For the past few months, I’ve been teaching an Ashtanga Primary Series class once a week at Bloomington Power Yoga. Overall, I’d say it’s gone well, although I’ve had to modify the sequence quite a bit to accommodate the experience levels of the students coming to my class. This has resulted in a slower paced class that omits about 8-12 poses (mostly seated postures and a few of the finishing poses). From what I understand, this type of modification is quite typical in an hour and a half Ashtanga class, and it is all the more necessary when dealing with a lot of students who are relatively or completely new to yoga. Of course, the downside of modifying an Ashtanga class too much is that when you get a serious Ashtangi in your class, he/she is probably not going to be happy. This is exactly what happened yesterday, and I was especially surprised at how forward this student was in telling me all the things I did wrong in teaching my Ashtanga class.
Even though this student had never taken my class before and was in fact just visiting town, she felt bold enough to tell me after class about all the various things I did wrong. When I tried to explain why I did certain things the way I did, she was quick to respond that she learned how to do things the right way from master teachers like David Swenson and Richard Freeman, who have all studied directly with Pattabhi Jois, the creator and recognized authority of modern Ashtanga yoga.
Here’s an example of something I allegedly did incorrectly. In Uttkatasana, Chair Pose, I apparently held the class there for more than 5 breaths. This student claimed that I held them in the posture for closer to 10 breaths, and, of course, this is blasphemy in a “true” Ashtanga class when you must hold each pose for exactly 5 breaths, no more and no less. (What I find odd about this student’s claim is that not everyone breathes at the same pace, so 5 breaths for one person might take the same amount of time as 8-10 breaths for someone else. And this difference may become even more pronounced in difficult poses like Uttkatasana, where the breath is more likely to quicken. What’s also odd to me is that this student, who was so eager to show that she knew the sequence by constantly going into the poses ahead of my instructions, probably did hold Uttkatasana for more than 5 breaths, but only because she went into the pose before I told her to.)
This student had quite a number of other complaints about my class. Along the way, she managed to name-drop one famous yogi or another with respect to each point in order to emphasize that (a) I was wrong, and (b) she was definitely right because she trained with so-and so celebrity yogi. Needless to say, I was a bit offended and upset by these comments, not to mention flabbergasted by how unreceptive this student was to things being done differently from what she was used to or how she was taught.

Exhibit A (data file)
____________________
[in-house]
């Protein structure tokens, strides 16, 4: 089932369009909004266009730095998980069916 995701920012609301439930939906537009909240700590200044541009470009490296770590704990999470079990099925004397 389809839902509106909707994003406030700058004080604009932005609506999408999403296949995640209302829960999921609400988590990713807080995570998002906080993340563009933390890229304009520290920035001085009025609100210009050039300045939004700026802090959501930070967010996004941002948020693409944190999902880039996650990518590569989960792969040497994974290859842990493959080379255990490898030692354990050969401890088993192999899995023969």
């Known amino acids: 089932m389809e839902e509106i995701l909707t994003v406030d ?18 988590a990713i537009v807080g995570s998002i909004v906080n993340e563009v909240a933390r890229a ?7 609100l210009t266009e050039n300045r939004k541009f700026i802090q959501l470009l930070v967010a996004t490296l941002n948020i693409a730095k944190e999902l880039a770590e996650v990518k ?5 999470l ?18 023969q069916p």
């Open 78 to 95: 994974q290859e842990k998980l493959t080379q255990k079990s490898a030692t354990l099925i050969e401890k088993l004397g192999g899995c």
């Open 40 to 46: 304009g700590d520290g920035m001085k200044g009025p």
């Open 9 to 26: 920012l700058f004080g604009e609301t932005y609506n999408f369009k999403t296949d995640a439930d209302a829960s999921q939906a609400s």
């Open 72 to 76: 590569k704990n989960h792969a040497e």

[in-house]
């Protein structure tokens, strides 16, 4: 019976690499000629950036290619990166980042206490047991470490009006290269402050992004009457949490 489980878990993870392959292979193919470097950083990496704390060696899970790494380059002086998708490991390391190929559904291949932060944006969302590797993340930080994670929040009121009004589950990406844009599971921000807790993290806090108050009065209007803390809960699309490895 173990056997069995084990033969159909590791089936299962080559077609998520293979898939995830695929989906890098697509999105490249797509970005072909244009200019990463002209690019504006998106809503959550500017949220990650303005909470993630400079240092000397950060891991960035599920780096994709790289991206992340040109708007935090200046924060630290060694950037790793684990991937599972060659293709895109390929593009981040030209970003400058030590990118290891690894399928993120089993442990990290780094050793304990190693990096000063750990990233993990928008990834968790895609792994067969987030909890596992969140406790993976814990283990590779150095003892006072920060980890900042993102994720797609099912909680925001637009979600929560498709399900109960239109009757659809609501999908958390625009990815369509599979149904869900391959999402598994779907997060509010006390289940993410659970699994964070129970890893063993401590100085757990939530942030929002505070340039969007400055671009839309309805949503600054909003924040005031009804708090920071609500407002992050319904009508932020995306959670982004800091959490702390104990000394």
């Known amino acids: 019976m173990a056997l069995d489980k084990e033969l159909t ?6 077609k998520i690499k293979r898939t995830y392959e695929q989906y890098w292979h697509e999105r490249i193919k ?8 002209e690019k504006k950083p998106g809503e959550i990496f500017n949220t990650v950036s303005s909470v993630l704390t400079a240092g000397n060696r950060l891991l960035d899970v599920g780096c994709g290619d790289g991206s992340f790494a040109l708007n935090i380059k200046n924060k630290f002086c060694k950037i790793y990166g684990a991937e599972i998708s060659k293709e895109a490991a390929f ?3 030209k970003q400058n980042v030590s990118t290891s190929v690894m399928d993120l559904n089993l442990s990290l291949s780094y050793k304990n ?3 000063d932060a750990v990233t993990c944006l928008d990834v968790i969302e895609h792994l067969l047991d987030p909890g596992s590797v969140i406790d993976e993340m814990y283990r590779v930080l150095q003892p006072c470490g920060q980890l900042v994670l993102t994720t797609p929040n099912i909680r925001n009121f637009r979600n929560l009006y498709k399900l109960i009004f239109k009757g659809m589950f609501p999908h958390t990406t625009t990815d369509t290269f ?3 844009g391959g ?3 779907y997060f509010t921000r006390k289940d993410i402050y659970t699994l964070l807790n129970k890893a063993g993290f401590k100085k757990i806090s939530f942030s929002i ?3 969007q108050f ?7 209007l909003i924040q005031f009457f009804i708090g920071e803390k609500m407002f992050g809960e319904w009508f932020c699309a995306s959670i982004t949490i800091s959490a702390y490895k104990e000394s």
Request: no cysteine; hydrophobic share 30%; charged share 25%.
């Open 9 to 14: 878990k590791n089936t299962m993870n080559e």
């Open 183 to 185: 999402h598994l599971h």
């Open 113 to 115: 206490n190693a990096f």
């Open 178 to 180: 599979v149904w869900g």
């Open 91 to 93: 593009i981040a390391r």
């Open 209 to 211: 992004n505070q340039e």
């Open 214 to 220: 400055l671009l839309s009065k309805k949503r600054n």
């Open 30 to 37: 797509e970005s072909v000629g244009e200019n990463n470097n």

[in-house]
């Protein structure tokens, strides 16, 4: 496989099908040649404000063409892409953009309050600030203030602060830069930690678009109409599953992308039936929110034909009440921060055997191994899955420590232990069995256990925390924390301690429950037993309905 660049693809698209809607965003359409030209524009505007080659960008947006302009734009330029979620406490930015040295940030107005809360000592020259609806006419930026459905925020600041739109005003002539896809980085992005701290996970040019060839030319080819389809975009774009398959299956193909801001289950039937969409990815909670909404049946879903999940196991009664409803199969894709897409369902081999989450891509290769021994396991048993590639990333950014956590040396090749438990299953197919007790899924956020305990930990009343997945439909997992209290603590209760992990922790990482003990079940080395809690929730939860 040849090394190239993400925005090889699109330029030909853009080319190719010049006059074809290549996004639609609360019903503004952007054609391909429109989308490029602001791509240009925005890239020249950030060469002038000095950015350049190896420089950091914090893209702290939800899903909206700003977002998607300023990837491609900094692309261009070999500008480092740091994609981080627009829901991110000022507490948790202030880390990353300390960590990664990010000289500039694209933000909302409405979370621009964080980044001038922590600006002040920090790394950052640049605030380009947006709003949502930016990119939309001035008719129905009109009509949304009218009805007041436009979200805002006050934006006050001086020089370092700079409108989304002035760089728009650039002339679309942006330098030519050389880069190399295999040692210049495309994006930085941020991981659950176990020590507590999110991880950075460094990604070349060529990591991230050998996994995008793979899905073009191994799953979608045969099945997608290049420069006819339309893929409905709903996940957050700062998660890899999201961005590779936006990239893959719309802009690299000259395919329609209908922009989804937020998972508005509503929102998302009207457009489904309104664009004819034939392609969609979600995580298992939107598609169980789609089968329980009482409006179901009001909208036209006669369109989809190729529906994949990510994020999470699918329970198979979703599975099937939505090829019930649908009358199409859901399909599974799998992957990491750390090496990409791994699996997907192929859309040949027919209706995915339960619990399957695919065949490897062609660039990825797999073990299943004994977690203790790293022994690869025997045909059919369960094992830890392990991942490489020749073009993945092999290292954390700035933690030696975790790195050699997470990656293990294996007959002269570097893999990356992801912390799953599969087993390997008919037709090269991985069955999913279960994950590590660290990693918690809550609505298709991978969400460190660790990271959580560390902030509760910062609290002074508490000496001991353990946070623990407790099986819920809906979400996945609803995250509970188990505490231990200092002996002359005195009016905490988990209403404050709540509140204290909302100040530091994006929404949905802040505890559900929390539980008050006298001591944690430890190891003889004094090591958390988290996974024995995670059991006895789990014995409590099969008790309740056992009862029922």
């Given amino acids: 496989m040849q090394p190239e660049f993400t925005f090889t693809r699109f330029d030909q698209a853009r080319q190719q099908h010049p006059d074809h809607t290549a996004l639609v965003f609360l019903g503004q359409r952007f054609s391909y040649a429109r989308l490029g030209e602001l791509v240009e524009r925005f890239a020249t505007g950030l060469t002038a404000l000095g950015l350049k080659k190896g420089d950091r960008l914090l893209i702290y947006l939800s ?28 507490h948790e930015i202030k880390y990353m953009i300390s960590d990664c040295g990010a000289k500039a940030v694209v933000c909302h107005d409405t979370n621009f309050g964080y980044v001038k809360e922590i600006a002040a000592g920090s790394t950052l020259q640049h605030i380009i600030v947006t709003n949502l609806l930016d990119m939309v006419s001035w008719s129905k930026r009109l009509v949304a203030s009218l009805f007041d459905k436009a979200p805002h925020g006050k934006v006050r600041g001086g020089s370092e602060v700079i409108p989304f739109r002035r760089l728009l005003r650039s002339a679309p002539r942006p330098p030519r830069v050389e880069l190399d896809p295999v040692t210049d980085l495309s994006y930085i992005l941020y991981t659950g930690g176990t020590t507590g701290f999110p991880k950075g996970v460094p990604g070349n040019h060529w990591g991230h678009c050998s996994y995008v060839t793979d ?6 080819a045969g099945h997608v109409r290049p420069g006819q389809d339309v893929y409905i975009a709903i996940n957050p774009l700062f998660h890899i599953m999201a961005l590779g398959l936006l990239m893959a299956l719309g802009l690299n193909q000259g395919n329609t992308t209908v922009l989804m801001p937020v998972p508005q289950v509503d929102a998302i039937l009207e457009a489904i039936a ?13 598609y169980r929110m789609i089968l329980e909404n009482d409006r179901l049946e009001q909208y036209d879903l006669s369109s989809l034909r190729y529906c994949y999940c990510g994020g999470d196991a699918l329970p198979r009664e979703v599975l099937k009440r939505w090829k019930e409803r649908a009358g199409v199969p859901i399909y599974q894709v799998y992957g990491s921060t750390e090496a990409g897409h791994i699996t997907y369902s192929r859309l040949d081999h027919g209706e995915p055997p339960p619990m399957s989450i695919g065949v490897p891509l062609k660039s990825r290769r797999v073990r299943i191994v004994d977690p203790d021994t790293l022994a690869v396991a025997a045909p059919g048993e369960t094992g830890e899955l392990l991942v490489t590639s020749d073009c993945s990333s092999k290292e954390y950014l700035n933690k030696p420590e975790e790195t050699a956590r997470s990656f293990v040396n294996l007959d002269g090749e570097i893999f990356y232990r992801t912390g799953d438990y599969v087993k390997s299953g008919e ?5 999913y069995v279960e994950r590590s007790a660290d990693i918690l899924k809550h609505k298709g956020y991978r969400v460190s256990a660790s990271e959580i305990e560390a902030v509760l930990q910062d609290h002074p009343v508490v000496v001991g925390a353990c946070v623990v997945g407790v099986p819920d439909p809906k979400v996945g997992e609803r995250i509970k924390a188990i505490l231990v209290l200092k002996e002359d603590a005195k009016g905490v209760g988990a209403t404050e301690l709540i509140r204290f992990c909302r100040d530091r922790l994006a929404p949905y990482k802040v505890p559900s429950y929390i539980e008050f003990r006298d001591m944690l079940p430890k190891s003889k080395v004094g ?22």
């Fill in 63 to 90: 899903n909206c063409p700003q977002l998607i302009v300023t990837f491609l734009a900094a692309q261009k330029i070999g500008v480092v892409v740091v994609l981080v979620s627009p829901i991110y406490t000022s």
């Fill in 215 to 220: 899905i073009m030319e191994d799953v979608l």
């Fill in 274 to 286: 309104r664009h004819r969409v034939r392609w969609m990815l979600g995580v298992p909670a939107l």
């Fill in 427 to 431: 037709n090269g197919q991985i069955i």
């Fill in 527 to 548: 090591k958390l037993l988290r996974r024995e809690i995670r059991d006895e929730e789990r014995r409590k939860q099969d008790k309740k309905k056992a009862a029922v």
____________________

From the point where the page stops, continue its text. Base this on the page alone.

For a long time, I’ve been expecting to run into this type of know-it-all person in my Ashtanga class. It’s amazing, in some ways, that I haven’t already. Although most Ashtangis are very nice folks who are open-minded and non-judgmental about different practices and different ways of approaching Ashtanga, there are also some super rigid Ashtangis out there who are incredibly cultish and obsessed with order and “tradition.” Tradition amounts to always doing things according to the precise dictates of Pattabhi Jois (the Pope) or a select group of yoga masters (the archbishops) who have been appropriately christened by Pattabhi Jois. Even the slightest deviation from “What Pattabhi Jois Said” is grounds for chastisement. When I hear this sort of talk, I can’t help but think of parallels in Christianity, Islam, or other traditions where blind obedience to authority sometimes takes the place of reasoned debate and open discussion. It makes me sad to see this kind of mentality in the context of yoga, but perhaps I shouldn’t be too surprised. After all, even though all religious/spiritual traditions are constantly evolving, and even though all religious/spiritual traditions are highly varied and complex, there is always the potential for oversimplification and fundamentalism.